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Health Department

Farmers Markets and Cottage Foods

Farmers Markets

Farmers markets are not considered temporary events and are subject to Colorado Retail Food Establishment Rules and Regulations. Please reach out to us prior to hosting a farmers market to ensure compliance with regulations.  

The following foods are exempt from licensure at farmers markets: 

  • Whole uncut fruits and vegetables, such as apples, carrots, combs of honey, lettuce, melons, radishes, stalk celery, stalk broccoli, strawberries, raw mixed greens, and micro greens intended to be washed by the consumer prior to consumption. 
  • Commercially prepackaged non-potentially hazardous foods (non-PHF) and beverages (without ice). 
  • Commercially prepackaged ice cream and frozen yogurt novelties.  
  • Hot beverages, non-PHF donuts, and pastries (cupcakes, bagels, cookies). 
  • Popcorn, which is seasoned with salt, buttered, or sugared (kettle corn). 
  • Dry non-PHF that must be cooked to be consumed that is portioned onsite (pasta, beans, dry spices, coffee beans, and tea leaves, but not blended ingredients such as spice or dry soup mixes). 
  • Samples are prepared in a sanitary manner and with an approved handwashing facility. See Colorado State University Extension publication Food Safety for Farmers Market Vendors 
  • Foods that meet the requirements of the Colorado Cottage Food Act. See CDPHE’s overview of Cottage Foods. 

Food prepared on-site must be served from a licensed mobile unit or push cart and must hold an RFE license. 

Food made or prepackaged in an approved commercial facility by the vendor or a wholesaler is exempt from licensure if the food was produced in a licensed facility and the item is appropriately labeled for resale. Potentially hazardous foods must be stored in approved hot or cold holding units and require a prepackaged RFE license. 

Samples are exempted from licensing requirements but sanitation guidance must be followed, including an approved hand-washing facility. 

Bare hand contact is not permitted. 

Food cooked or stored at a private residence is not permitted unless the food meets the requirements of the Colorado Cottage Food Act. 

Read More

Cottage Foods

The Colorado Cottage Food Act permits limited food products to be sold or served without licensing or inspection. Contact Environmental Health if you have questions about eligibility of a food product under the Cottage Food Act.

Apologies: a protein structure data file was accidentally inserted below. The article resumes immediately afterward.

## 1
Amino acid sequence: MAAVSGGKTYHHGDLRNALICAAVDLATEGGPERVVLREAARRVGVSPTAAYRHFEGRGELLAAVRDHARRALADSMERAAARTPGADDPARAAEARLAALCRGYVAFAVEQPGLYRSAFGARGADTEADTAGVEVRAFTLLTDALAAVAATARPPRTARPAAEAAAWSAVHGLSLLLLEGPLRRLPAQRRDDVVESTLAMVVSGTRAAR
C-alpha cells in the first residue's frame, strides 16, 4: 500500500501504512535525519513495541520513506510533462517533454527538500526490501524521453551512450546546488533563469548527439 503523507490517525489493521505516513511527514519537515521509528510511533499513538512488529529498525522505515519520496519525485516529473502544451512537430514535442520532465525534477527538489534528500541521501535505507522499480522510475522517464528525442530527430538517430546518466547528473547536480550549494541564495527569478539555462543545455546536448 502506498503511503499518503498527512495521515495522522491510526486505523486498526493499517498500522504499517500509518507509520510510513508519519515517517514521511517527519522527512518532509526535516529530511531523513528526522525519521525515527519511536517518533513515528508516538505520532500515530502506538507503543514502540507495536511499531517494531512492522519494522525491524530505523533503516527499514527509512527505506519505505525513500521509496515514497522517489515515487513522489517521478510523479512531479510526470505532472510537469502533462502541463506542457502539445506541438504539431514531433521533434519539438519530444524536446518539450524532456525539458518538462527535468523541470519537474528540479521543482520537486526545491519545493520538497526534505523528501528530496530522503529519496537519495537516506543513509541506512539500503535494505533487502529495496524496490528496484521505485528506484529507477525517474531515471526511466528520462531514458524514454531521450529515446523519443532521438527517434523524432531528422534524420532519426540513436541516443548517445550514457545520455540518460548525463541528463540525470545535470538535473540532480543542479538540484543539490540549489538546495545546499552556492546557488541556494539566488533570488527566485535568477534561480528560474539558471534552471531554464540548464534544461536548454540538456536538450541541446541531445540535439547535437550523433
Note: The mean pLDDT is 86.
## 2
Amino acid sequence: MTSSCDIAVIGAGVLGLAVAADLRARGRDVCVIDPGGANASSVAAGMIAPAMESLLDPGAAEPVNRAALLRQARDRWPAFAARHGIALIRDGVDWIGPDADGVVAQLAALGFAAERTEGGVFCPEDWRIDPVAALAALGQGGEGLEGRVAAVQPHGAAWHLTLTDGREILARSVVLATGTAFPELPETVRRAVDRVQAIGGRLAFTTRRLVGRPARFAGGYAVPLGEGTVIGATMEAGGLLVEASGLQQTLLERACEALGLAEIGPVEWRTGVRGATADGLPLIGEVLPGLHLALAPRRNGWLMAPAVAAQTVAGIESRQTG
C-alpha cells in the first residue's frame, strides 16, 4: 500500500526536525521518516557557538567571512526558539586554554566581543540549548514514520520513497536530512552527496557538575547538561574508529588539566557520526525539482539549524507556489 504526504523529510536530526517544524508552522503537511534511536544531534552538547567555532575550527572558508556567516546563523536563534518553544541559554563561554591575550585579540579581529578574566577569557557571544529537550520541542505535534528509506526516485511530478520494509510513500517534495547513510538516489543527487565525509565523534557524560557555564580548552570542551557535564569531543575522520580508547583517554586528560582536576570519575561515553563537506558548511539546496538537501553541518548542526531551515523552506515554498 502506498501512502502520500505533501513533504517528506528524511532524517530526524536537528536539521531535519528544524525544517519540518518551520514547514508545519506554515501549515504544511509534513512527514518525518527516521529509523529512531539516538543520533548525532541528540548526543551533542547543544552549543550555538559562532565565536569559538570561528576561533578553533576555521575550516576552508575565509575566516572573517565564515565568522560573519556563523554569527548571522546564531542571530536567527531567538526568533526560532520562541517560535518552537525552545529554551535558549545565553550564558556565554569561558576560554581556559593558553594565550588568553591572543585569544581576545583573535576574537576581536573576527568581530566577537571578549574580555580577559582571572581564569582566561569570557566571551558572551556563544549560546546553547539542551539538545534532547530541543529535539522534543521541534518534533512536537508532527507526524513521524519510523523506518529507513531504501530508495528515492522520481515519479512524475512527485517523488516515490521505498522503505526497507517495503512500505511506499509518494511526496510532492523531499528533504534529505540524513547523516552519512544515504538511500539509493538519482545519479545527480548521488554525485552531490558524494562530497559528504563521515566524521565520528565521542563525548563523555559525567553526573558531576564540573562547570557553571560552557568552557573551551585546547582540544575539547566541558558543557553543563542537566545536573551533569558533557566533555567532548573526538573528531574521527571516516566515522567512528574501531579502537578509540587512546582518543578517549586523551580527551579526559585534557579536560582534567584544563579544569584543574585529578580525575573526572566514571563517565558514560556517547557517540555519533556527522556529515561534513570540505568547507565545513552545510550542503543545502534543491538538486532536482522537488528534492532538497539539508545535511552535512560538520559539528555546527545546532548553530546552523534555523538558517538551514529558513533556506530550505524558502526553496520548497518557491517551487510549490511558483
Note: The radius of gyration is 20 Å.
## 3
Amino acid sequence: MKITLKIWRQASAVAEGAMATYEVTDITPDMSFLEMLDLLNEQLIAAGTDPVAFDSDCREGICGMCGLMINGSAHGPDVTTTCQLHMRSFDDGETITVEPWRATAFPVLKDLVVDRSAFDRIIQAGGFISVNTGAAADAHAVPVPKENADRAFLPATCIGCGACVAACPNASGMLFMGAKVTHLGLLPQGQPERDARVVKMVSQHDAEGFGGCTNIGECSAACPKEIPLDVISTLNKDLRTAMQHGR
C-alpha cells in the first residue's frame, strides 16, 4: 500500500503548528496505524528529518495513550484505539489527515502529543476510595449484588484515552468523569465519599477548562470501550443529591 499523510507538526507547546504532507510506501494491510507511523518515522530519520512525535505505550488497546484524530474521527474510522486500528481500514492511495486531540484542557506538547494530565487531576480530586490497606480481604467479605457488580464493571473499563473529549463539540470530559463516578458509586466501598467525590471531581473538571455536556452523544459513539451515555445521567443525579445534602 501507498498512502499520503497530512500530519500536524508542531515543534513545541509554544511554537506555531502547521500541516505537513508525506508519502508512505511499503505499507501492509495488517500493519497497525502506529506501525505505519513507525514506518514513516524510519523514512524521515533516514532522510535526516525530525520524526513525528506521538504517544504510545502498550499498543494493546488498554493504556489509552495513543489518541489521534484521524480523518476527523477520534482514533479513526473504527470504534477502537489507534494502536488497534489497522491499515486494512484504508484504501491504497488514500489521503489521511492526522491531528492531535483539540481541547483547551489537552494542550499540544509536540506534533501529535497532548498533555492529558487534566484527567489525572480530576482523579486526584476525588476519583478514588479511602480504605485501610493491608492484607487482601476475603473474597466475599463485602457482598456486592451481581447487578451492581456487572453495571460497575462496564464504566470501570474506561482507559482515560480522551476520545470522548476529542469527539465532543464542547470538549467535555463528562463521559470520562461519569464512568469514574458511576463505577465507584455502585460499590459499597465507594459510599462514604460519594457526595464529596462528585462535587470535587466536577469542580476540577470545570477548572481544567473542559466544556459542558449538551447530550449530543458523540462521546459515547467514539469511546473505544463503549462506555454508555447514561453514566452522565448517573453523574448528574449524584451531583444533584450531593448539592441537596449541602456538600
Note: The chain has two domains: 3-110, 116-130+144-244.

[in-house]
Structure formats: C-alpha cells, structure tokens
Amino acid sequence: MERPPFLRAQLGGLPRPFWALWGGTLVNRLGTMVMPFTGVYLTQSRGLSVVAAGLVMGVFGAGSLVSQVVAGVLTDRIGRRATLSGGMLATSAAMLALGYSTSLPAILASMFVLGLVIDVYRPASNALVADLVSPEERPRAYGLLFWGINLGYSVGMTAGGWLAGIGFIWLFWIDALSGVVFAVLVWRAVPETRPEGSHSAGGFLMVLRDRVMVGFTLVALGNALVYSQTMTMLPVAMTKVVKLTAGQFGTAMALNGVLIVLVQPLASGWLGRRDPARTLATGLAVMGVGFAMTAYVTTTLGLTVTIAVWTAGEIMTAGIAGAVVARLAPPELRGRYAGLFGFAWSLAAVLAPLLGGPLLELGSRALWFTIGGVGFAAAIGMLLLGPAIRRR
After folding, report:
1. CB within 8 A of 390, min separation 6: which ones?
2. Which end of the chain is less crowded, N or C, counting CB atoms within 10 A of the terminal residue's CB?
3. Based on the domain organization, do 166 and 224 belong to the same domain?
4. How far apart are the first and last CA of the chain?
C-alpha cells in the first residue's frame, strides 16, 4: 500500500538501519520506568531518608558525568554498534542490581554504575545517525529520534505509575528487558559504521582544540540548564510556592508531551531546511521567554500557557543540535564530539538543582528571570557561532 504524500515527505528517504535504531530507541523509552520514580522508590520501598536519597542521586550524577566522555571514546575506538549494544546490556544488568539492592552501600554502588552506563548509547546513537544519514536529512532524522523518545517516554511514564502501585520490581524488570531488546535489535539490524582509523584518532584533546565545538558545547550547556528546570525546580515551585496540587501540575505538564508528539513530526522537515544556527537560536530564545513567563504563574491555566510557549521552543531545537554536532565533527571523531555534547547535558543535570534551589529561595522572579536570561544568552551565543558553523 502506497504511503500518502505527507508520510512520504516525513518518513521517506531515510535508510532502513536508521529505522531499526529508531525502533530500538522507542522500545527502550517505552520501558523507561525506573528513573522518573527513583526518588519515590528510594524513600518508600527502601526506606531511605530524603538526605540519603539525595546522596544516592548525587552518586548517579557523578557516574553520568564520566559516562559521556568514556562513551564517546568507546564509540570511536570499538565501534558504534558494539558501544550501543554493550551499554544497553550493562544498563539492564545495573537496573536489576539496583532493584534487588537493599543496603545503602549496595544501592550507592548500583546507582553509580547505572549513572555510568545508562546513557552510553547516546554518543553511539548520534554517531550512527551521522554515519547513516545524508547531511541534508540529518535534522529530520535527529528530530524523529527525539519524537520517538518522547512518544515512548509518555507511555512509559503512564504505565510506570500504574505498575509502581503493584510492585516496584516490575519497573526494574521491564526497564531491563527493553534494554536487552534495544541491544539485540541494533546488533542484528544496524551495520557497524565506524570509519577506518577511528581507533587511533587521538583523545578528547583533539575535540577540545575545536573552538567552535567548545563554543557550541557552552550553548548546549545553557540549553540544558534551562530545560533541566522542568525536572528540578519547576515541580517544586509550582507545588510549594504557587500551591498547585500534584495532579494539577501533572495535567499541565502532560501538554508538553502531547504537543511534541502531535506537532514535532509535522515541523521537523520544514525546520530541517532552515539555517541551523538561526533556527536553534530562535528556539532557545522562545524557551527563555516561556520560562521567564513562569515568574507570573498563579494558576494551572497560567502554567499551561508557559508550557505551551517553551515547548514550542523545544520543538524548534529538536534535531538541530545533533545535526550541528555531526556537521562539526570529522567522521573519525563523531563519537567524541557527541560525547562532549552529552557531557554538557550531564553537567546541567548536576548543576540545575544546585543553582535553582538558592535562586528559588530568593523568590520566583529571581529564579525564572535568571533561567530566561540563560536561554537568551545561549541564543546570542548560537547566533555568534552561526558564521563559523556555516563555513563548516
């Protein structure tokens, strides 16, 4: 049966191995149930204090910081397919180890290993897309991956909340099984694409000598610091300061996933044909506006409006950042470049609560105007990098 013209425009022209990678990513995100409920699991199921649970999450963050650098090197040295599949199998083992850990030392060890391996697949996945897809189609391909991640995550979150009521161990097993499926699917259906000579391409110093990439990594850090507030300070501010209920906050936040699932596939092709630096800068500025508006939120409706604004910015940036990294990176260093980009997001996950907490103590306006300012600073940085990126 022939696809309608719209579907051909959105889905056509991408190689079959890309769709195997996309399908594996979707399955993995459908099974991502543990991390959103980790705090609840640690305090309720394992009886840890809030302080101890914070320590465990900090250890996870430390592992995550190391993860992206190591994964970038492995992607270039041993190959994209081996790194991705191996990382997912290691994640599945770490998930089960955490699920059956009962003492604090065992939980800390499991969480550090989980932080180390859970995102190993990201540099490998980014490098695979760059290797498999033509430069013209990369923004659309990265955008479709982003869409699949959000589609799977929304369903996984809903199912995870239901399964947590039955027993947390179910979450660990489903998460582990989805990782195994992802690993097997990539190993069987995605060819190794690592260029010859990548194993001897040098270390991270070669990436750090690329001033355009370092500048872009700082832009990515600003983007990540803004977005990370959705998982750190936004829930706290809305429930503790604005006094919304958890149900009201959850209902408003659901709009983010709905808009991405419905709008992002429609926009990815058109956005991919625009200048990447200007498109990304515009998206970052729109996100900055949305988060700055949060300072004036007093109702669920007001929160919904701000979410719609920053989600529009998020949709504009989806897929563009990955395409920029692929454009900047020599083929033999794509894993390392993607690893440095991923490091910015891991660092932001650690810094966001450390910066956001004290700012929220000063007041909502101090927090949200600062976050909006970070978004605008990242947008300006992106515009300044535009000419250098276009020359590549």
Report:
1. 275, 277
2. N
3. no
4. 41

Requirements
The Colorado Cottage Food Act requires that cottage food producers complete a food safety training course.  

Helpful Resources 

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Cottage Food FAQs

Do I need to have my food handling/safety training done before I start selling?

Yes, the Colorado Cottage Foods Act requires that safe food certification be completed to sell a cottage food product.  

 

Do all employees in my business need safe food handling/processing training?

Yes. All employees directly handling food products are required to have safe food certification complete as outlined in the Colorado Cottage Foods Act. 

 

Are all pies allowed?

Many pies are allowed. Some potentially hazardous pies that require refrigeration, such as some pumpkin and cream pies, are not allowed since they support pathogenic growth. 

 

Is frozen jam or jelly allowed?

No, frozen foods are not allowed under the Colorado Cottage Foods Act. 

 

Can I use homegrown goods? Do I need a license to use home grown goods?

You are allowed to use homegrown produce and herbs in the products you produce for sale. You do not need a license, but safe food handling/processing guidelines should be followed. 

 

Can I sell canned little cakes and quick breads?

No, cakes and quick bread baked in a canning jar are not safe food products and are not allowed. The only canned products allowed under the Act are jams, jellies, and fruit butter (with the exception of jalapeno jelly and pumpkin butter, which are not allowed). Dry mixes that are labeled can be packed in a canning jar and sold. 

 

Why is jam production allowed but canned fruits are not allowed?

The preserved products allowed in Colorado as cottage foods (jams, jellies, some fruit butter) have different characteristics than canned fruits and vegetables. Higher amounts of sugar in these products lower the water activity and, therefore, inhibit the growth of microorganisms. 

 

Are traditionally fermented foods allowed, such as lacto-fermented pickles?

No, fermented foods are not allowed under the Colorado Cottage Foods Act. 

 

How should I label a wedding cake that is unpackaged?

For cakes that are not easily packaged, you must include all labeling requirements on the invoice and deliver the invoice with the cake directly to the consumer (purchaser). Smaller cakes must be boxed, and the label must be included on the box. 

 

Do the regulations referring to a “home” also apply to an apartment or condominium?

Yes, as long as the kitchen is in your primary residence. Check on the policies from your landlord or HOA about operating a small business out of your home.